subsist by beggary. Nor was any limit put to the cruelties which were inflicted till both the prince and those about him were satiated with plunder and bloodshed.

15. While the usurper, whose various acts and death we have been relating, was still alive, on the 2Ist of July, in the first consulship of Valentinian and his brother, fearful dangers suddenly overspread the whole world, such as are related in no ancient fables or histories. ' '

16. For a little before sunrise there was a terrible earthquake, preceded by incessant and furious lightning. The sea was driven backwards, so as to reoede from the land, and the very depths were uncovered, so that many marine animals were left sticking in the mud. And the depths of its valleys and the recesses of the hills, which from the very first origin of all things had been lying beneath the boundless waters, now beheld the beams of the sun.

17. Many ships were stranded on the dry shore, while people straggling about the shoal water picked up fishes and things of that kind in their hands. In another quarter the waves, as if raging against the violence with which they had been driven back, rose, and swelling over the boiling shallows, beat upon the islands and the extended coasts of the mainland, levelling cities and houses wherever they encountered them. All the elements were in furious discord, and the whole face of the world seemed turned upside down, revealing the most extraordinary sights.

18. For the vast waves subsided when it was least expected, and thus drowned many thousand men. Even ships were swallowed up in the furious currents of the returning tide, and were seen to sink when the fury of the sea was exhausted; and the bodies of those who perished by shipwreck floated about on their backs or faces.

19. Othervessels of great size were driven on shore by the violence of the wind, and cast upon the housetops, as happened at Alexandria; and some were even driven two miles inland, of which we ourselves saw one in Laconia, near the town of Mothone, which was lying and rotting where it had been driven.

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I. The Allemanni having defeated the Romans, put the counts Chari" etto and Severianus to death.—II. Jovinus, the commander of the cavalry in Gaul, surprises and routs two divisions of the Allemanni; defeats a third army in the coun of the Oatalauni, the enemy losing six thousand killed an four thousand wounded. — III. About the three prefects of the city, Symmachus, Lampadins, and Juventins—The quarrels of Damasus and U1-sinus about the bishopric of Rome.—lV. The people and the six provinces oi Thrace are described, and the chief cities in each province.-— V. The emperor Valens attacks the Goths, who had sent Procopius’ auxiliary troops to he employed against him, and after three years makes peace with them.—VI. Valentinian, with thc consent of the army, makes his son Gratian emperor; and, after investing the boy with the purple, exhorts him to behave bravely, and recom~ mends him to the soldiers.-—VII. The passionate temper, ferocity, and cruelty of the emperor Valentinian.—VIII. Count Theodosius defeats the Picts, Attacotti, and Scots, who were ravaging Britain with impunity, after having slain the duke and count of that province, and makes them restore their plunder. — IX. The Moorish tribes ravage Africa—Valens checks the predatory incursions of the Isaurians-Concerning the ofice of city prefect.X. The emperor Valentinian crosses the Rhine, and in a battle, attended with heavy loss to both sides, defeats and routs the Allemanni, who had taken refuge in their highest mountains.;— XI. On the high family, wealth, dignity, and character of Probus. —XII. The Romans and Persians quarrel about the possession of Armenia and Iberia. '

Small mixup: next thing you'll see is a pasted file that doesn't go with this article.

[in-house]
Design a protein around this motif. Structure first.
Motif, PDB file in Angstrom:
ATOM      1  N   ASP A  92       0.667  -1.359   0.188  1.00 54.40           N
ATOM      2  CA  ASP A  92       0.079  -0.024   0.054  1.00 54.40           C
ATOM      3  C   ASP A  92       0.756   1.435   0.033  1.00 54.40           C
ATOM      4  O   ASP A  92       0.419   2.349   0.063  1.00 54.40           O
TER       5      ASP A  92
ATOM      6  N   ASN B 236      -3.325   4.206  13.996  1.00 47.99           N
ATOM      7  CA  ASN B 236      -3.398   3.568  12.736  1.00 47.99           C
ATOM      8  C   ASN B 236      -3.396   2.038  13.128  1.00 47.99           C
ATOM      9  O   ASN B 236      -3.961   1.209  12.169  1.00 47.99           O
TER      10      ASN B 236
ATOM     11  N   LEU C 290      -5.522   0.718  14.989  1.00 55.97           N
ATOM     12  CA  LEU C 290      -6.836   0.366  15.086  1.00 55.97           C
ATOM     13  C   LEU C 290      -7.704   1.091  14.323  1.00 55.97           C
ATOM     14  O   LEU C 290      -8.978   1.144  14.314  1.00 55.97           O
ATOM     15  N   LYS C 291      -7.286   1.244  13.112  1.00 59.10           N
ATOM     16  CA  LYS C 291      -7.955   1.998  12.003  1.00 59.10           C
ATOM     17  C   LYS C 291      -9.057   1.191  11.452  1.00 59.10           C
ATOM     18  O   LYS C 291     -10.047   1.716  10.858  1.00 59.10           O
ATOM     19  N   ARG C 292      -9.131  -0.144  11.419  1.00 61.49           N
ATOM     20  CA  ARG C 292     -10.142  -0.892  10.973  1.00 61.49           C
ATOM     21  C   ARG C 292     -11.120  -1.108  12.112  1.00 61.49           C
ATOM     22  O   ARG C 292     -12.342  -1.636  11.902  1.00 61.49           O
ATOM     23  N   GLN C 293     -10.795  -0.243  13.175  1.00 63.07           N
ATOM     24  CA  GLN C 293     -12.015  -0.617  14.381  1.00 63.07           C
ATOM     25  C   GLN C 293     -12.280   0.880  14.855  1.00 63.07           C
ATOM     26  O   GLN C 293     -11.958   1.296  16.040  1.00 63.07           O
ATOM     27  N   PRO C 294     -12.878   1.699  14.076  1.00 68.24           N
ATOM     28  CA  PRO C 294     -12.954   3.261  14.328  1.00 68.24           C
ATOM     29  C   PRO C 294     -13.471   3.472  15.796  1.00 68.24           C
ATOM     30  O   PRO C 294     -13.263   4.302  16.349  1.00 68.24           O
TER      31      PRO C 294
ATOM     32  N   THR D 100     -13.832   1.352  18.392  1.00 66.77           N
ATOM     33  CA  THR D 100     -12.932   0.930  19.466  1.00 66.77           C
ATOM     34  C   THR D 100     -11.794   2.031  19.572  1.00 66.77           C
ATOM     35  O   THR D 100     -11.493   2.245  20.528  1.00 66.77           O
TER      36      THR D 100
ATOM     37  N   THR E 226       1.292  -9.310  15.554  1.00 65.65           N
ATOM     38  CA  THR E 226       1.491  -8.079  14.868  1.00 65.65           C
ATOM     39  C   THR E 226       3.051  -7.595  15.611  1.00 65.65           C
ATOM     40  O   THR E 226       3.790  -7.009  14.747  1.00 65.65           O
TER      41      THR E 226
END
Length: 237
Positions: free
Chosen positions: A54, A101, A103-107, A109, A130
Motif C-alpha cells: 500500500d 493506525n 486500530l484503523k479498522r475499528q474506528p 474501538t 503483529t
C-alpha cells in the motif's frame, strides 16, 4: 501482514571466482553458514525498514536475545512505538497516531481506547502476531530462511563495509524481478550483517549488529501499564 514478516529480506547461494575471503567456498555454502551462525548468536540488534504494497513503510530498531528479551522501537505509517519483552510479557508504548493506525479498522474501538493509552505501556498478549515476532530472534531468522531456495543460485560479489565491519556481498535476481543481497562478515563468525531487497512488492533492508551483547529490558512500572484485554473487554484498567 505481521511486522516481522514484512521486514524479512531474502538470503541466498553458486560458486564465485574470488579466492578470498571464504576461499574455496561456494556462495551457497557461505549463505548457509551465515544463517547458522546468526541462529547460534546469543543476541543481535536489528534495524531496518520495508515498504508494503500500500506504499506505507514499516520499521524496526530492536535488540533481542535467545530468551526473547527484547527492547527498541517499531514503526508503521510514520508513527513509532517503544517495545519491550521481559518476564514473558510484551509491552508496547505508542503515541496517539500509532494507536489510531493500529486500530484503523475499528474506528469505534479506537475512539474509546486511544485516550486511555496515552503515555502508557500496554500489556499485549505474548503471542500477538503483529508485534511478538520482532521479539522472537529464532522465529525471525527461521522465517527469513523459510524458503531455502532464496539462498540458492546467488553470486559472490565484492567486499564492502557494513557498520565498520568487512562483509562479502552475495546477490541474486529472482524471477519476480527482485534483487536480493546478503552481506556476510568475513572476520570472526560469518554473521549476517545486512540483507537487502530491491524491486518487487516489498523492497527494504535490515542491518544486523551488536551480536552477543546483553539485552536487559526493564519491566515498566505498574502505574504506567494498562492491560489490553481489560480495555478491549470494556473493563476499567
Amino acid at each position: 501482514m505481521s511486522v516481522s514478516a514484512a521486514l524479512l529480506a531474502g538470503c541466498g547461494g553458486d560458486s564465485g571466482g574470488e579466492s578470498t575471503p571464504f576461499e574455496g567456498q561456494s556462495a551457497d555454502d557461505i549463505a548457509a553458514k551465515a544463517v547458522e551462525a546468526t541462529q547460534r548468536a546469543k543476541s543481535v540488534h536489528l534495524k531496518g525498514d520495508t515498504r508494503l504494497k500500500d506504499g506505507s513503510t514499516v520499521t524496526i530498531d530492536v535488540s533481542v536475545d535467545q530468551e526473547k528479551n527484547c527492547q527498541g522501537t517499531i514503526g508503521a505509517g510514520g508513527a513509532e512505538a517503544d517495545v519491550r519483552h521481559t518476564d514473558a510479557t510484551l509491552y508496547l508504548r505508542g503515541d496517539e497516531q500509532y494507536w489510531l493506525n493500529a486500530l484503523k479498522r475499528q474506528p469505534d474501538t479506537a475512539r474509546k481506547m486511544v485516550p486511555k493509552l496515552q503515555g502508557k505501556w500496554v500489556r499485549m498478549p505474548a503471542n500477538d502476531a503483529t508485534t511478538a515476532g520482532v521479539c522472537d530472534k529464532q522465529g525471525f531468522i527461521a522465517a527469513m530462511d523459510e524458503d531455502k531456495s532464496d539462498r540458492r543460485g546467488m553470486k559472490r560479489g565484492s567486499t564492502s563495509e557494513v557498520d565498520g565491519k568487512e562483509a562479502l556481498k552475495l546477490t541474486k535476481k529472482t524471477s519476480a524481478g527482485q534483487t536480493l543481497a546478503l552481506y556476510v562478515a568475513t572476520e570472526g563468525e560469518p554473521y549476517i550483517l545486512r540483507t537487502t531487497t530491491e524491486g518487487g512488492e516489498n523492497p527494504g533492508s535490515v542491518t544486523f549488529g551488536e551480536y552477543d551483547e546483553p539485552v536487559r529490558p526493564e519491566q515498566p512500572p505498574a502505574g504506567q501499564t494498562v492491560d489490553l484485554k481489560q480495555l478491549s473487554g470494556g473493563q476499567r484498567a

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§ 1. Warm-: these events which we have related were taking place with various consequences in the east, the Allemanni, after the many disasters and defeats which they had received in their frequent contests with the emperor Julian, at length, havingrecruited their strength, though not to la degree equal to their former condition, for the reason which has been already set forth, crossed the frontier of Gaul in formidable numbers. And immediately after the beginning of the year, while winter was still in its greatest severity in those frozen districts, a vast multitude poured forth in a solid column, plundering all the places around in the most licentious manner.